When I get the urge to move around photos or hang something new, a laser level is my go-to gadget. It definitely makes hanging a gallery wall a snap! Here are the basics on how it works, shown with a quick “command center” project I completed last fall. This only took me about 10 minutes, max. I’ve also included links to laser levels at a variety of price points, at the end of this post, if you want to try one.
This is not a sponsored post. Just a tool that I really love and want to share. There are affiliate links in this post, should you choose to click through and make a purchase. Thanks for supporting my blog!
We have the Bosch laser level shown above, which is about 15 years old. It runs on AA batteries and turns on and off with the red switch on the side. Wyatt bought this years ago for construction projects around the house, and it still gets a ton of use – and not just on my gallery wall projects! I bet there are a few more bells and whistles on newer models, but the basic self-leveling function remains the same.
A Quick Laser Level Tutorial
Our mudroom is basically a hallway between our kitchen and family room in the back of the house. It’s on the list to update, but we haven’t gotten to it yet. Last year, I stuck a big bulletin board on one wall, to organize my kids’ school info and artwork. However, since they attend two different schools, I wanted a better system this year to help me keep schedules and supplies straight. I decided to try a few baskets and bulletin board tiles, clustered together as a kid command center.
I grabbed these metal hanging file sorters and these foam/cork tiles at Target back in August. After a quick layout planning session on the floor, I decided to dive in and just reorganize the wall later if needed. I started by stacking the laser level on top of some empty Amazon boxes (on top of the dryer), and picked a reasonable height for the hanging file sorters.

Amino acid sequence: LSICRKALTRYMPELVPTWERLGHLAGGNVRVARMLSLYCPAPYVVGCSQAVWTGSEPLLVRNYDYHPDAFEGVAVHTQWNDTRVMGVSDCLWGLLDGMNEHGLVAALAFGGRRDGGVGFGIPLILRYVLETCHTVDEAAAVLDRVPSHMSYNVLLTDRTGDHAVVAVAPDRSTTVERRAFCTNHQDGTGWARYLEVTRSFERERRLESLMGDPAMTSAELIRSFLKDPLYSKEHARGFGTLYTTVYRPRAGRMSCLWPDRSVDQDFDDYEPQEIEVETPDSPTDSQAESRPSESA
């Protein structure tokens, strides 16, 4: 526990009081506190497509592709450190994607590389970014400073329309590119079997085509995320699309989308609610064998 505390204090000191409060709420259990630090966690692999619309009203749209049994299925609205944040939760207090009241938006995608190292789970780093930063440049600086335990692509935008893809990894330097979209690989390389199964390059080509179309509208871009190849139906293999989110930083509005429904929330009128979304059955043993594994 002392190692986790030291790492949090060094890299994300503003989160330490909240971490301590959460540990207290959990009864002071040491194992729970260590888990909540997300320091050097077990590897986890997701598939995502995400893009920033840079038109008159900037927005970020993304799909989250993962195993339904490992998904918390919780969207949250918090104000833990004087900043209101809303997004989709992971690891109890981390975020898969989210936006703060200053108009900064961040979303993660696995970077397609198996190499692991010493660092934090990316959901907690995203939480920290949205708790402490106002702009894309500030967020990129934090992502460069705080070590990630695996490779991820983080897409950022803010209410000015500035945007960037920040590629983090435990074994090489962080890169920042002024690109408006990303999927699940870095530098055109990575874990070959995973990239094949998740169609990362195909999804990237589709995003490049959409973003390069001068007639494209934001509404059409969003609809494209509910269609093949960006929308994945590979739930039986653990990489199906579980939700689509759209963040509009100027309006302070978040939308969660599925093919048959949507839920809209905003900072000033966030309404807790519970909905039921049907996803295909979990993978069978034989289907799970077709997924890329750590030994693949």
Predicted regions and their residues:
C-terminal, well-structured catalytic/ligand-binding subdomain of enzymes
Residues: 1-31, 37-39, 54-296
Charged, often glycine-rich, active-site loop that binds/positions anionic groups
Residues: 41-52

Note: the height of the laser level will reflect directly on the wall, so you’ll need to raise and lower it accordingly. Ours doesn’t tilt (I’m not even sure if any do), because it self-levels at the height at which it’s placed on a flat surface. The beauty of a self-leveling laser level is that the lines will automatically settle into level (horizontal) and plumb (vertical) lines, so you only need to worry about adjusting the height. I’ve hung plenty of frames with a old-school level and this is waaaaay easier.
Once you have the lines projected where you need them for your starting point, you’re all set. I started with the hanging file baskets and figured out the height that seemed best. Then I used a piece of tape to mark where the screws attach to the basket and then placed the tape on the wall as a guide for my drill. Here’s a good tutorial, if you need help with this something like this.
After drilling holes and tapping in the anchors, I attached the screws. As you can see in these shots, I just leave the laser level turned on through the entire process, to ensure I’m keeping everything level and plumb.
Once the baskets were attached to the wall, I moved the laser level a little higher to align my foam hexagons in this layout. (These measurements were just eyeballed, which is my preferred method…)
I stuck some handy dandy velcro Command strips on the back and then positioned the foam tiles on the wall. Done!
While not the most complicated command center I’ve seen around town, this is working out pretty well at my house. I can keep my kids’ homework folders and schedules organized and even have a little space to display their art. Next up, paint and a light fixture!
Laser Levels at Different Price Points
These all get decent reviews, although you’ll probably get a nicer level with longer range if you’re willing to invest a bit more. Just a guess. I’m also not including anything over $50, because if you’ll only use this to hang pictures, a cheaper one will do!